We take our high-speed Internet for granted here on Long Island. We have come to expect consistent service not only from the cable companies to whom we fork over more than $40 per month for the right to broadband access, but also from the businesses, public institutions and even the parks and public gathering places we frequent.
So it may seem quaint to Long Islanders that Gov. Andrew M. Cuomo led New Yorkers in celebrating the delivery of high-speed access to more homes around the state. But in upstate regions that are more isolated or impoverished than Long Island, home access to broadband is far from a given.
That’s largely because, even if there are local access points, the costliest part of bringing broadband to a property is the so-called “last mile” from the more central area. That process typically depends upon private cable companies whose only prospect for return on their investment is the proximity of dozens of other customers. But that’s not exactly a hallmark of rural New York State.
That makes Cuomo’s announcement that the state will award $25 million in funding to expand high-speed Internet access in rural upstate and underserved urban areas significant.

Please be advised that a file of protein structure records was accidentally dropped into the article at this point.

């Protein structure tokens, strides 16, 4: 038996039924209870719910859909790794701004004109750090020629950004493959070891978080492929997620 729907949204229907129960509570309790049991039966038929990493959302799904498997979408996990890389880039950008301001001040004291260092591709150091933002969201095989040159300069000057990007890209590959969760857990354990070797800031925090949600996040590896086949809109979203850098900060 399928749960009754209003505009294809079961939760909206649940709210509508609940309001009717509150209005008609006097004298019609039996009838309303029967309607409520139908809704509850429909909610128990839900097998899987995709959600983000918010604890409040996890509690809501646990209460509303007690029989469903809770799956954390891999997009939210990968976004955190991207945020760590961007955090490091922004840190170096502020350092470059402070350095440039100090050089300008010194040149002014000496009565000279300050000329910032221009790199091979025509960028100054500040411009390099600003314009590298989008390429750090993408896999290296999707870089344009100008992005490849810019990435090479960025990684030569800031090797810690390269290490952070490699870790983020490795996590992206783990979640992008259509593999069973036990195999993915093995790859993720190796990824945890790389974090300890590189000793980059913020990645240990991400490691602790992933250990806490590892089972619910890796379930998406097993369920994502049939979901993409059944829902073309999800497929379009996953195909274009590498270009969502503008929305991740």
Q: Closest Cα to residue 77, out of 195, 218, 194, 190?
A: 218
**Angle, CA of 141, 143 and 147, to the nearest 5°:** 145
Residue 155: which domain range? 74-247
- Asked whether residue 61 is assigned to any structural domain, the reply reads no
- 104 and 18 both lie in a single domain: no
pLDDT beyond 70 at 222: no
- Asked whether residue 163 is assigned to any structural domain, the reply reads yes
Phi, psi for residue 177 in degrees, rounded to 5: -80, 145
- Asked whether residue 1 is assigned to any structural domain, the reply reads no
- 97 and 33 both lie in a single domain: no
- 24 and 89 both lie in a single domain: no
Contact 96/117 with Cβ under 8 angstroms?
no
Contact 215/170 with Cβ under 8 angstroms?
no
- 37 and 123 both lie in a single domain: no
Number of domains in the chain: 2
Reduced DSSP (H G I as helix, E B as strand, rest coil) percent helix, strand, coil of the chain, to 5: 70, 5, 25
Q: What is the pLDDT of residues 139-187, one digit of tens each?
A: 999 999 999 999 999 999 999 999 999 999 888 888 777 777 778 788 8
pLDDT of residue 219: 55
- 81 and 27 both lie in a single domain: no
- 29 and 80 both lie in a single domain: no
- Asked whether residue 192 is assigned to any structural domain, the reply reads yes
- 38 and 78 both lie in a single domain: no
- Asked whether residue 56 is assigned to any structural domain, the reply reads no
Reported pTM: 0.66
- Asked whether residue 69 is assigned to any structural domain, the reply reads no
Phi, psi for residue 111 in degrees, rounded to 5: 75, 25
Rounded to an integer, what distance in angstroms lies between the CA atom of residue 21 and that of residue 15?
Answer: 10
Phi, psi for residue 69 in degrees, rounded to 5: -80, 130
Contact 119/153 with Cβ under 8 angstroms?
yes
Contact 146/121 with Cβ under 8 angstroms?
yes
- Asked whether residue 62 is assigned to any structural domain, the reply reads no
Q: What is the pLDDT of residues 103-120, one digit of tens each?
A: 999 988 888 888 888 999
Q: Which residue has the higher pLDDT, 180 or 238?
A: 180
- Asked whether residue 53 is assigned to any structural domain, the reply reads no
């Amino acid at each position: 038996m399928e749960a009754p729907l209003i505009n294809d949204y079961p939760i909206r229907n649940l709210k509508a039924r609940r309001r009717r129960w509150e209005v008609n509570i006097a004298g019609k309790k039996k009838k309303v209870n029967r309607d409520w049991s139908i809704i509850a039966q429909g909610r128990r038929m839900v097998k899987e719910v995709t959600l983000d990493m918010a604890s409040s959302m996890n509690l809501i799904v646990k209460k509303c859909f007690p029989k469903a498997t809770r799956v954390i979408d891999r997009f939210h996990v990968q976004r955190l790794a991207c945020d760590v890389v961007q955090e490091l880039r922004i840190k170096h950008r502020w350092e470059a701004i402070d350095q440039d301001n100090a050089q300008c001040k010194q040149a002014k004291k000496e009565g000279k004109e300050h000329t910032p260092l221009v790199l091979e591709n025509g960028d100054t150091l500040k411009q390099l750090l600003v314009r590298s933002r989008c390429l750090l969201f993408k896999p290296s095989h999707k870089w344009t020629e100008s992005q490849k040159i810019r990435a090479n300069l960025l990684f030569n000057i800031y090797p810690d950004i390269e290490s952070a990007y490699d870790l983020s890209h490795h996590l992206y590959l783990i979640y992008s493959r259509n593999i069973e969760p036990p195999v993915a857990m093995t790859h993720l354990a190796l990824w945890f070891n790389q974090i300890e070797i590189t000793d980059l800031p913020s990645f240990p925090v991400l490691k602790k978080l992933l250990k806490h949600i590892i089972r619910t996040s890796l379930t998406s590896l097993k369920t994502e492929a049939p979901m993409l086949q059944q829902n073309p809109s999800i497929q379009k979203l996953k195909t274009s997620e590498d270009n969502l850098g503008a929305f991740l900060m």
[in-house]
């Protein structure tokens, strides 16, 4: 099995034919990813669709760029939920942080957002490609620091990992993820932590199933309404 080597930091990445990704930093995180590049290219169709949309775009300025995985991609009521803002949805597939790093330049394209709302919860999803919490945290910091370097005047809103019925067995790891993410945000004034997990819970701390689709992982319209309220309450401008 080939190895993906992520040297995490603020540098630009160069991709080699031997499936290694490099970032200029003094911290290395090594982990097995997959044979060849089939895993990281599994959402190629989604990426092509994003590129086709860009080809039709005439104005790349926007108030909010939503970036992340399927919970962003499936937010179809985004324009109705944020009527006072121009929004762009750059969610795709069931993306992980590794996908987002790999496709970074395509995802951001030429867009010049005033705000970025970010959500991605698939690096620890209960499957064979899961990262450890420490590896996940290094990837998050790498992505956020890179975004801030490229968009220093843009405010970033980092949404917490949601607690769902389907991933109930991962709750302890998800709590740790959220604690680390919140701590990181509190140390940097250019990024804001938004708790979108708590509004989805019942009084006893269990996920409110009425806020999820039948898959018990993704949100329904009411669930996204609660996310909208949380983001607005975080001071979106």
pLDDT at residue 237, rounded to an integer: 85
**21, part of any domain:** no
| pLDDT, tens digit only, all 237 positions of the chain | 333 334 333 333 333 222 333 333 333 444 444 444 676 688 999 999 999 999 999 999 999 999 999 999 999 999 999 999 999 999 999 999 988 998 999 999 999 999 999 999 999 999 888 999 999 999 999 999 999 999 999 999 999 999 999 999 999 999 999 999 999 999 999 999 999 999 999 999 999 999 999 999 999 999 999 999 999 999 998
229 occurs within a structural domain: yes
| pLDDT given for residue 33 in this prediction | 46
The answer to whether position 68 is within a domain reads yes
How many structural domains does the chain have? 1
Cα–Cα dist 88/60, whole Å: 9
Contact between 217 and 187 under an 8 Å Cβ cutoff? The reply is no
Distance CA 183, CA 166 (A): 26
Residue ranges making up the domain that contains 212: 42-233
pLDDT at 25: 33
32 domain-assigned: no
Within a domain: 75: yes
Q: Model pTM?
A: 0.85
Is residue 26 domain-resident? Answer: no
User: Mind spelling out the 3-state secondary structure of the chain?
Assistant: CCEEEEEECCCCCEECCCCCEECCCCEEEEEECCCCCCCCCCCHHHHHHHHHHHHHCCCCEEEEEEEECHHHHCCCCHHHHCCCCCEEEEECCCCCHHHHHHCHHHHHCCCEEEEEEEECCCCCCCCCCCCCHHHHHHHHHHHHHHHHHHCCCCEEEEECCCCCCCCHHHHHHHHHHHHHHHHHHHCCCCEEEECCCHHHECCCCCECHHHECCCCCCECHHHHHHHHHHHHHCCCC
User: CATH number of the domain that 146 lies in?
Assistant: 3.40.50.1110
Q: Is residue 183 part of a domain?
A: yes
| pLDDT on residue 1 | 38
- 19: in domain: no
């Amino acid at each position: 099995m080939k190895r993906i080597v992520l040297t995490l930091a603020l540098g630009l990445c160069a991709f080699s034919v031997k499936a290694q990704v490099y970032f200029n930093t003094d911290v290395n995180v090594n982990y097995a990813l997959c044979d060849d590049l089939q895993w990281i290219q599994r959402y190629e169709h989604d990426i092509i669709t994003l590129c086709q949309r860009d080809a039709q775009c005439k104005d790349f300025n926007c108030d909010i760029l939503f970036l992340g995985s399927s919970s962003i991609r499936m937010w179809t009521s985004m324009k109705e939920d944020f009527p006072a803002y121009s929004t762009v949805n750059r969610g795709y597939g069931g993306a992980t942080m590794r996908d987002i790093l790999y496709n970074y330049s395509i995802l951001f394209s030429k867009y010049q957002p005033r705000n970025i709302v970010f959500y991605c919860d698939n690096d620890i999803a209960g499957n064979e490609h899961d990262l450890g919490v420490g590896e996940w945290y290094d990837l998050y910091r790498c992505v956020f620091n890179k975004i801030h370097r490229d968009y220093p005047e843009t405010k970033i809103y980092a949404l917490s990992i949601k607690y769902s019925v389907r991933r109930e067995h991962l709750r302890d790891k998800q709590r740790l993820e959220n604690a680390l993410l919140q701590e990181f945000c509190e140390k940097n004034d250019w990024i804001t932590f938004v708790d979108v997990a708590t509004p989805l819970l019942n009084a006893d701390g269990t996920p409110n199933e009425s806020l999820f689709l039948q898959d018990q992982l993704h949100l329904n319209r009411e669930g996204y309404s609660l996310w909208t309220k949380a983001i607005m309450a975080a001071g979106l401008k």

“These funds will strengthen New York’s broadband capacity and encourage sustainable adoption of broadband service in unserved and underserved communities, counties and regions across the state," Cuomo said in a statement.
Long Island will not receive any of the funds. About $1.6 million is slated to go to New York City to help connect small and medium commercial and industrial businesses. The remainder, in portions ranging from $24,000 to $2.4 million, will be dedicated to various upstate counties. A $5.3 million portion of the funds is earmarked for statewide projects, although there was no mention of Long Island in the governor’s release.
The money is being made available through the Connect NY program, which was designed to parlay networks built by existing providers into broader access points. Under Cuomo’s administration, the New York’s program has awarded about $56 million to such broadband projects -- more than any other state in the nation.